“All right,” answered Yisrael hesitantly, “but I’m afraid of doing it, because if we make one tiny mistake in just one kavana, a different angel could descend who could destroy the entire world.”
His teacher begged him to do it, however, so he agreed. They fasted from one Shabbat to the next for 40 days, and immersed themselves in a mikva a few times each day. Finally, they concentrated deeply on all the necessary intentions, and succeeded – or so they thought.
“Oh no!” yelled Yisrael. “We made a mistake! The Heavenly minister of fire is descending instead and he will burn down the entire village! Go,” he instructed his friend. “Everyone knows you are the son of the Ba’al Shem. Tell everyone to take out all their belongings from their homes, because very soon the whole place will go up in flames!”
And so it was. The houses all burned to the ground, but the people and possessions were saved. Everyone thanked Reb Moshe for saving their lives.
Several months passed, and again the son of the Ba’al Shem mentioned the idea of bringing down the minister of the Torah. By now, Yisrael was eighteen, and he opposed the suggestion. He rebuked the mekubal, saying that when Reb Moshe had run to the village to wake the people and warn them of the danger to their lives, he had personally stood and made a great effort with the holy names, in order to bring down the angel that all Jews knew from their annual tefila on Sukkot – the minister of rain called “Af bri” – to come and put out the fire, but he wasn’t successful. It was extremely hard to fight against the mal’ach of fire.
“Remember that Yaakov fought with the angel of mixed fire and water,” he said. “But this is not the case here, and we would be hard-pressed if we knew or even suspected that the angel of fire would come again, G-d forbid.”
But although Reb Moshe was usually easygoing, treating Yisrael with love and respecting his opinion, this time he was very stubborn and wouldn’t change his mind. So his young friend had no choice but to join him in his mortifications and review the yichudim of the holy ones’ names to bring down the real sar shel Torah.
They coerced the angel of the Torah to come explain the mysteries of the Torah. They also wanted to know when the Redemption would come, for it had been such a long time already, and it was so hard to bear all the anguish caused by the murder of countless Jews throughout the Diaspora. But in Heaven, an emergency session of the Heavenly hosts was called, and they convened a hearing on the matter of these two young men from Okupy who wanted to accelerate the arrival of the End of Days. The verdict was that both of them would be called to the Heavenly court, to the World of Truth. Yisrael’s neshama rose first. He saw what was happening in the Upper Spheres, and he heard that there were those who begged for mercy for them, to soften the judgment against them so they wouldn’t die. The Heavenly hosts listened, and decreed that if the two would make a great effort and not doze off for even one second that night, the judgment would be annulled and they could live.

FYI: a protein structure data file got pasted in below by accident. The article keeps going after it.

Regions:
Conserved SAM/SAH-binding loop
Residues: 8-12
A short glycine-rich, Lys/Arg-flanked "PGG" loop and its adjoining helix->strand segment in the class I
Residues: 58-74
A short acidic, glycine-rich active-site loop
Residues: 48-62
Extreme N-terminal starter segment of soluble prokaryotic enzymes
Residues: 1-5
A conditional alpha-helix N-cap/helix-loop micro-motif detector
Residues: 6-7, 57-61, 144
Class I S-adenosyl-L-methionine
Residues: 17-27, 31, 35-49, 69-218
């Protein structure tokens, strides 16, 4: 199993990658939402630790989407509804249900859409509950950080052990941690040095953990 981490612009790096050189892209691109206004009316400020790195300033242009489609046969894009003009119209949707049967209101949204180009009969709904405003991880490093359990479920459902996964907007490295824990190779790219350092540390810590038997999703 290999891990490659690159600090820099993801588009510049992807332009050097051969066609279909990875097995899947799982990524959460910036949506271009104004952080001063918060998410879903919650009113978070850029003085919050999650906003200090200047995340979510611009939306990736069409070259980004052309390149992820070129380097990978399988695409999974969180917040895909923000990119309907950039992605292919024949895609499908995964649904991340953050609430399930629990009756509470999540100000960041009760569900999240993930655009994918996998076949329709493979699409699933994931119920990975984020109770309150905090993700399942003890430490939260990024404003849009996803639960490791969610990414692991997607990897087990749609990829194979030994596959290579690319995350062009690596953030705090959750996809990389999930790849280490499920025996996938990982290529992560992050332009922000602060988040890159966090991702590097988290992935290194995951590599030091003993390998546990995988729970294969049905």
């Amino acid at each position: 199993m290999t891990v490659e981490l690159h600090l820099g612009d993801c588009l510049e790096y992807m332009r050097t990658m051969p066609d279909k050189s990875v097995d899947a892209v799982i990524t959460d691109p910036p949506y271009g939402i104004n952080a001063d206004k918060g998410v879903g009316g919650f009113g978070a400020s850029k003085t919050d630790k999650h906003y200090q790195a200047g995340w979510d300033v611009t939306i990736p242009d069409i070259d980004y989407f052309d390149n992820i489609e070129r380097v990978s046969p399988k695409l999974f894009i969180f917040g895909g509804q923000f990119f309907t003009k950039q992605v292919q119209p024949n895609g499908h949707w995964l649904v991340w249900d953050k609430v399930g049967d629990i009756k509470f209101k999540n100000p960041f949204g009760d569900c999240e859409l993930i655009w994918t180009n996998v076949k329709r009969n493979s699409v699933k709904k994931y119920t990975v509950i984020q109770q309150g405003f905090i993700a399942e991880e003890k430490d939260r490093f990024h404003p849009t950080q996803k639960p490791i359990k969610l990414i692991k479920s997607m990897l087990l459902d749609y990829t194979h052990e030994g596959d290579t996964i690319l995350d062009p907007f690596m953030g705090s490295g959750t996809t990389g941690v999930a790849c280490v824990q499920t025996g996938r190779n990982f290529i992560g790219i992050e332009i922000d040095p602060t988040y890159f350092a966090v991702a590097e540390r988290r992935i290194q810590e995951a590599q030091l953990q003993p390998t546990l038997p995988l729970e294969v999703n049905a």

“We must not sleep for even a moment!” Yisrael called to his friend, after hearing the compromise verdict. “Let’s keep watch and daven all night, because otherwise we will die. So it has been decreed!”
Reb Moshe indeed tried to keep awake, but his strength drained away, and towards morning he dozed off, fell to the floor, and died. Yisrael, however, managed to withstand this extremely difficult test, and lived.
When his friend fell, he ran to the village, yelling that Reb Moshe had fainted away, and everyone tried to wake him – but it was all for naught. The community made a huge funeral for their mekubal, with many eulogies praising the son of Rebbe Adam Ba’al Shem. Tears streamed down the mourners’ faces as they bore his body to the cemetery. As he watched the procession, Yisrael saw Reb Moshe’s holy soul hover above the body, then rise higher and higher, from one pure level to the next – his friend, who had wanted so much to hurry the Mashiach to save his people.  He remembered what the young Rabbi Yaisa had said in the chapter of the Zohar that he had learned with his friend, about the holy angels who are always ready to sanctify Hashem’s name every day, flying through the world with their “six wings” to do their Creator’s bidding, each with his own unique task suited to his abilities. This was how his friend’s soul now flew in the world; it had parted from life in order to bring the geula closer. The Baal Shem Tov knew this to be true, and would always remember that wondrous sight of his friend’s soul flying away.